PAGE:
Thursday, February 10, 2011
Notes on Platemaking and Printing
I am teaching a course called Commercial Modernism in America 1865-1965 this semester. It’s a class I first offered two years ago, and I’m happy to be back at it, tinkering with the content, materials and readings.
Today in class we explored the history of platemaking and printing technologies in the West between 1450 to 1850. In platemaking we covered woodcut, metal engraving, etching, and wood engraving; in printing we examined relief and intaglio printing processes. And then we ran out of time.
If the course and the history just described seem like a mismatch, it's a warm up for thinking about the industrial production of popular materials.
Before I pick up the narrative, I’d like to stress again how important these technologies are to understanding how prints look, the speed and volume at which they could be produced, and the uses to which they were put. It never hurts to be reminded that the central significance of printed pictures in human history has precious little to do with art and aesthetics, and much to do with the dissemination of valuable information: botanical, mechanical and cultural. For a bracing review of important developments with a strong point of view, consult grumpy old William M. Ivins Jr.’s excellent book, How Prints Look, issued by Harvard in the mid-fifties and reprinted by MIT more recently.
I mentioned the problem of optical gray as it presents itself to the printmaker. You get one color of ink–black–but you have to make it look like several different values of gray. It’s a density problem.
This print of the martyrdom of St. Erasmus provides naught but contour lines. The black works like a linear fence, dividing up a field of white. (Most unpleasant way to go, having one’s intestines spooled out by a crank.)
By contrast, this detail from an Albrecht Dürer Apocalypse woodcut shows white and black shapes collaborating to establish optical tones when viewed from further back. The red rectangle highlights the area shown a greater magnification below.
The closer you get, the more analytical and abstract it gets.
I mentioned the problem of translation. In both of the prints above the draw-er and the cutter are different people. That makes for more jobs, but it interposes a layer in the process, too. The visual middleman isn’t actually the problem; it’s the step itself. How to produce a printed picture that preserves the initial mark? Secondly, how to produce an optical gray that’s less analytical?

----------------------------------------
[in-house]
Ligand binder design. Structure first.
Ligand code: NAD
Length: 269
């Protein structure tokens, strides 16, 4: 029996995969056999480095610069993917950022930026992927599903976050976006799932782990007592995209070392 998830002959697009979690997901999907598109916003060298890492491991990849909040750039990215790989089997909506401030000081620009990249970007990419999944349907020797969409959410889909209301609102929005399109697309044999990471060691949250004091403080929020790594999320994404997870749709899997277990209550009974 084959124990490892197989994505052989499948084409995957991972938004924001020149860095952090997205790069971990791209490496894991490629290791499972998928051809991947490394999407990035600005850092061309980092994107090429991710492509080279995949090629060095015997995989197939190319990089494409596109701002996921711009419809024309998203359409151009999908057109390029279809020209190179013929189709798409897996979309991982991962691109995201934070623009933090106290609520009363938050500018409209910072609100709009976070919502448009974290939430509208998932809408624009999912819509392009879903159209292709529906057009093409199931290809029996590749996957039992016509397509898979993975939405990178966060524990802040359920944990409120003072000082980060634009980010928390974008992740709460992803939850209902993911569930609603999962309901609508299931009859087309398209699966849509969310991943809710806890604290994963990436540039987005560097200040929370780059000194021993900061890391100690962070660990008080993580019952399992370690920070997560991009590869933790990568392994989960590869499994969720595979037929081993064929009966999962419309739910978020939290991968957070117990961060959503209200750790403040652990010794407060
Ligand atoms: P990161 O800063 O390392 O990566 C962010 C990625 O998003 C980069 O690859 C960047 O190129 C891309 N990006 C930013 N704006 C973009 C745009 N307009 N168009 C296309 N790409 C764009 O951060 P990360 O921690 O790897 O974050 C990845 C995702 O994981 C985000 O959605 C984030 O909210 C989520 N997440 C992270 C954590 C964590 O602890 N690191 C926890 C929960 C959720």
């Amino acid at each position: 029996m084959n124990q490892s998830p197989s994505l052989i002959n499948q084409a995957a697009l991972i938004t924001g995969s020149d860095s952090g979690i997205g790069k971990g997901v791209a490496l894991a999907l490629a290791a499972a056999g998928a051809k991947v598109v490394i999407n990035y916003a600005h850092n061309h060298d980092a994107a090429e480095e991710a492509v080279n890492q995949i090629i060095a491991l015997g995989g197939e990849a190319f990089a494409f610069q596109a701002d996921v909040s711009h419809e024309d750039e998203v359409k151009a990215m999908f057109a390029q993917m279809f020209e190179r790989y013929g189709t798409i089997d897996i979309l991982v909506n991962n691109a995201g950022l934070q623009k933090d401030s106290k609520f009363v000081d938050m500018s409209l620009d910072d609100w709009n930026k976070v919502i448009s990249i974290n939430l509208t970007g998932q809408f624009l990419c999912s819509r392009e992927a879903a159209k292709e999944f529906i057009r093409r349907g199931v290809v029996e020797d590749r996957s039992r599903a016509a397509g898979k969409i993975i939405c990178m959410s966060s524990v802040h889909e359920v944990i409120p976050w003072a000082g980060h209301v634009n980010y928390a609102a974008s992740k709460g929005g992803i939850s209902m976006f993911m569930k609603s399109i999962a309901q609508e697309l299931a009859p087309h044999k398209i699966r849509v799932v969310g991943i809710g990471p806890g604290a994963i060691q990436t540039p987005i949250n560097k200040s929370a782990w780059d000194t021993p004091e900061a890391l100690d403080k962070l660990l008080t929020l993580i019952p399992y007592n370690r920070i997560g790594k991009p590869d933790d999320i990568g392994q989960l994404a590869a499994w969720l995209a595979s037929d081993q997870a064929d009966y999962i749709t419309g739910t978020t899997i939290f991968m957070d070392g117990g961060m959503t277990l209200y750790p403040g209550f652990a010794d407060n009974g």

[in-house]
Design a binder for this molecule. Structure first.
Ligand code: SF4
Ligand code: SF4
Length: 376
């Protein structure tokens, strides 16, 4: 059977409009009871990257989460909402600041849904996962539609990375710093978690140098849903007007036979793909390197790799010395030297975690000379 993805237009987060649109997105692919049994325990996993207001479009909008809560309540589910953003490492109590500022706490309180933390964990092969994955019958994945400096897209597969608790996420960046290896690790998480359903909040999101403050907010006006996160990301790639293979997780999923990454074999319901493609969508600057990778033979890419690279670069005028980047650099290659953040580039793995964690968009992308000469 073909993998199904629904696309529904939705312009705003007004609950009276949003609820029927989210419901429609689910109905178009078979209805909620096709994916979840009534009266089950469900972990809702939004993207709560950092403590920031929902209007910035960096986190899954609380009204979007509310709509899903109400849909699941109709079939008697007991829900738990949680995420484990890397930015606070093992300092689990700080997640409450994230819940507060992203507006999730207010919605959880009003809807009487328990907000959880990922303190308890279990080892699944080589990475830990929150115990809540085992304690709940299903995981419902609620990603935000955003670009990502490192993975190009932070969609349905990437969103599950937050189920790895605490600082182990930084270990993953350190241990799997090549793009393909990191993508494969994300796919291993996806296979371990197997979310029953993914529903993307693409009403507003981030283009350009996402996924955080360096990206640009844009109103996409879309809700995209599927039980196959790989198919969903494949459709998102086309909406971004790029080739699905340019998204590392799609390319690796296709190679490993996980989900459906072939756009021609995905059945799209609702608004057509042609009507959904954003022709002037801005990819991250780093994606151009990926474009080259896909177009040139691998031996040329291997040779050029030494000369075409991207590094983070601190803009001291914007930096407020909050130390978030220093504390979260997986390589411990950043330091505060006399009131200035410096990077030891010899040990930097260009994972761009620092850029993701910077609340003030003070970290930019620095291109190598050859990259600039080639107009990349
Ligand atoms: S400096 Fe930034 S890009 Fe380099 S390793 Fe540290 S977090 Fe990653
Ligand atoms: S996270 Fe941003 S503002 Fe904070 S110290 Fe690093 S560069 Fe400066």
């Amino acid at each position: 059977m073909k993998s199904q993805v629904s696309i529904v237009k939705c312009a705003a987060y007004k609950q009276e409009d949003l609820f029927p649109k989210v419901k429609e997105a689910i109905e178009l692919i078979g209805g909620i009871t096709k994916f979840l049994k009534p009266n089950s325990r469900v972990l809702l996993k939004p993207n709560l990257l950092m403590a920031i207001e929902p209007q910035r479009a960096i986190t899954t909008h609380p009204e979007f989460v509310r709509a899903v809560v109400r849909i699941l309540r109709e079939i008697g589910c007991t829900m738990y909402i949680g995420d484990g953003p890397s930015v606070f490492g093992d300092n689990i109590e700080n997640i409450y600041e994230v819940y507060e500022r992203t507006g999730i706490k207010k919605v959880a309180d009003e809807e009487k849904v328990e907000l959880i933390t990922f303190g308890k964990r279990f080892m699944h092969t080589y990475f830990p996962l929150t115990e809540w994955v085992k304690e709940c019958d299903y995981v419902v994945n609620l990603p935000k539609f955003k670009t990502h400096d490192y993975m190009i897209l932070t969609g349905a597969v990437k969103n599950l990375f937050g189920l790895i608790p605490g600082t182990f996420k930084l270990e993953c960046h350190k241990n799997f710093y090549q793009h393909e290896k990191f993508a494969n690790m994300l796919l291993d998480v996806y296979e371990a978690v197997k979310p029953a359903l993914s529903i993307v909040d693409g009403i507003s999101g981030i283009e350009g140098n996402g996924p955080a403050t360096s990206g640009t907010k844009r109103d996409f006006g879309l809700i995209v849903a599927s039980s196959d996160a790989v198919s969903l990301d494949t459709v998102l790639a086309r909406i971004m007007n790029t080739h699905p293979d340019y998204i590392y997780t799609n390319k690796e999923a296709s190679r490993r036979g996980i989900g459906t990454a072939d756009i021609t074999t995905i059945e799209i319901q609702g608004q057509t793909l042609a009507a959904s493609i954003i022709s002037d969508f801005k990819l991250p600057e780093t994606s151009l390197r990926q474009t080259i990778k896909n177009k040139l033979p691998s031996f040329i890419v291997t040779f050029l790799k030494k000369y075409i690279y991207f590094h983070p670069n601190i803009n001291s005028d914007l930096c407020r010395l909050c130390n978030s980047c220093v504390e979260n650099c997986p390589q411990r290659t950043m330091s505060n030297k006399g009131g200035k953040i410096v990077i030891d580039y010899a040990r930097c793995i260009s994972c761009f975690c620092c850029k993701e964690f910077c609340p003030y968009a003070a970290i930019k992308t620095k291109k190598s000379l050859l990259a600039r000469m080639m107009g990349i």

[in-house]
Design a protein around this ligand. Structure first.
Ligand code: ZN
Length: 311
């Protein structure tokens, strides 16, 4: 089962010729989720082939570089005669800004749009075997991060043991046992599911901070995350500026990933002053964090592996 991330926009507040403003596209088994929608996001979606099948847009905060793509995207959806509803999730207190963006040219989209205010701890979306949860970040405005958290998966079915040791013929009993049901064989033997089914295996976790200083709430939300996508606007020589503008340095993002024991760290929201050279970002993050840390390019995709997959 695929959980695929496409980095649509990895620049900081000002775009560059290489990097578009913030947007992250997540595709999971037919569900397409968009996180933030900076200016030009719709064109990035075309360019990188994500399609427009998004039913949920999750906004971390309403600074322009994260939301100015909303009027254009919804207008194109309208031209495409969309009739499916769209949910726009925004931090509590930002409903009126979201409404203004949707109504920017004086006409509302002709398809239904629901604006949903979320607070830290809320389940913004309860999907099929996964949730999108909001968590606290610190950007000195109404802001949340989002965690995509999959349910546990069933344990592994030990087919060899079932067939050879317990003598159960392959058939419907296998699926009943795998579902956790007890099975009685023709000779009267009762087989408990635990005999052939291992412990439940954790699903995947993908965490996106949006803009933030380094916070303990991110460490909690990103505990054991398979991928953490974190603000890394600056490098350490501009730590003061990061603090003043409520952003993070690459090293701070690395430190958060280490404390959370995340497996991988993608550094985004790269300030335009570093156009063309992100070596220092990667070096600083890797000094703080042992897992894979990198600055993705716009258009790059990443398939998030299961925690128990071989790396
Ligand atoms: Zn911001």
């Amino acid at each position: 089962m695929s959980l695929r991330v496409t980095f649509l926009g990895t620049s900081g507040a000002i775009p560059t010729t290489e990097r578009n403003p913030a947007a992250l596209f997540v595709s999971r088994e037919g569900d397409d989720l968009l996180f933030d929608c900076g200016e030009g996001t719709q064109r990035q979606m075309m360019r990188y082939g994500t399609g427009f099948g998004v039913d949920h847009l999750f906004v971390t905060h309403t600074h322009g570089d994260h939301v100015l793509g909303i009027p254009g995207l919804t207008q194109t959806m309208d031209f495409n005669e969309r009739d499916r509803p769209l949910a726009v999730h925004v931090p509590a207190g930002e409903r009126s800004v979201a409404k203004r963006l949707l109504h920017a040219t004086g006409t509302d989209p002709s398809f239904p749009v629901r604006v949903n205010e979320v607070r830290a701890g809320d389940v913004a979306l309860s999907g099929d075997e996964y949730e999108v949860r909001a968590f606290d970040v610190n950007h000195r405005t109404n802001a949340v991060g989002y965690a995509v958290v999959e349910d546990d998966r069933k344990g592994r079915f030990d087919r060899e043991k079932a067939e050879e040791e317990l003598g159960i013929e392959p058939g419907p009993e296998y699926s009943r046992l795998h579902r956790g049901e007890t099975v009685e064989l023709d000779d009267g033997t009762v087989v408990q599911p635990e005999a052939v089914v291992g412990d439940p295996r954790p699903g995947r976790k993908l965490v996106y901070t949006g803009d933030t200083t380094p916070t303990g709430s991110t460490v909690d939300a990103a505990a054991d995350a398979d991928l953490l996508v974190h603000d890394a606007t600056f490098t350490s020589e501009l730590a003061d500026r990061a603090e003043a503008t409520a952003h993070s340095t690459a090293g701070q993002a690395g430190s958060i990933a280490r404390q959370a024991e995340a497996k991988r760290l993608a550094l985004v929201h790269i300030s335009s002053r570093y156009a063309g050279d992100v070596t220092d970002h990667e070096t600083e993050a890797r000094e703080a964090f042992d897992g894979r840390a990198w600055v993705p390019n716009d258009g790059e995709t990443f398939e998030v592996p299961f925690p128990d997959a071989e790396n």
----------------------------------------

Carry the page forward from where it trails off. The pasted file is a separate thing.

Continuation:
I mentioned the important figure of Thomas Bewicke, who figured out how to flip a plank on its end to get a far harder end-grain block, thereby launching the wood engraving boom of the nineteenth century. But at almost exactly the same time, Alois Senefelder made the unlikely discovery that a particular grade of Bavarian limestone was equally receptive to both grease and water, leading directly to the magic of lithography.
Recall, class, that both relief and intaglio printing methods rely on a system of divots in a plane: the ink goes on top in relief, and gets smashed below, into the divots, for intaglio. These methods are called physiographic, because they rely on physical relationships.
Lithography is a different affair altogether. Lithography (literally, stone picture) depends upon chemical relationships. Specifically, it uses the mutual antipathy of grease and water to create ink-loving areas and ink-repelling areas. Lithography is a planographic process, because everything happens on the same plane.
The Daumier lithograph below showcases the tonal range and sense of touch that the medium supports.
To produce a lithograph, an illustrator draws on a stone slab with a grease crayon or pencil. The stone surface has a slight tooth, to which particles of the pigmented grease adhere. By using light pressure, the illustrator produces a light gray passage with a velvety surface; by using gradually more pressure, she fills the spaces between the tooth. This is still an optical gray, in so far as white and black spots in close quarters produce it. Washes are possible in lithography; in that case the dispersal of pigment in solution creates the tone. Once the drawing is finished, the stone is sensitized to ink and water through the use of gum arabic and asphaltum.
Significantly, lithography is an autographic process; it does not require a translating step by a cutter or engraver, as do woodcut and wood engraving. The mark you make is the mark you get.
Finally, between 1800 and 1900 wood engraving and increasingly photomechanical platemaking processes for letterpress (relief) printing were the dominant matrixes for industrial scale printing in black and white. Chromolithography (multi-stone color images) was used for color printing and packaging, especially high-end stuff. (See chickens above.)
Scores of variations on platemaking emerged in the second half of the nineteenth century, about which another day.
Combined with what we covered in class, this should prepare you to look at the printed samples at Olin Library Special Collections next Tuesday. This will be but our first installment of platemaking and printing in this course. See you then!
Images: The Sion Textile, North Italian (probably Venetian) woodcut on linen depicting the Legend of Oedipus, oldest extant printed textile in Europe, second half of the 14th century; The Martyrdom of St. Erasmus, an unattributed early German woodcut, likely Bavaria, 1400-1450; Albrecht Dürer, details from Four Horsemen of the Apocalypse, woodcut, circa 1497-98; Honoré Daumier, Les 100 Robert Macaire, lithograph, 1838; illustrator uncredited, Hühner (Chicken Breeds), Meyers Lexicon, 1894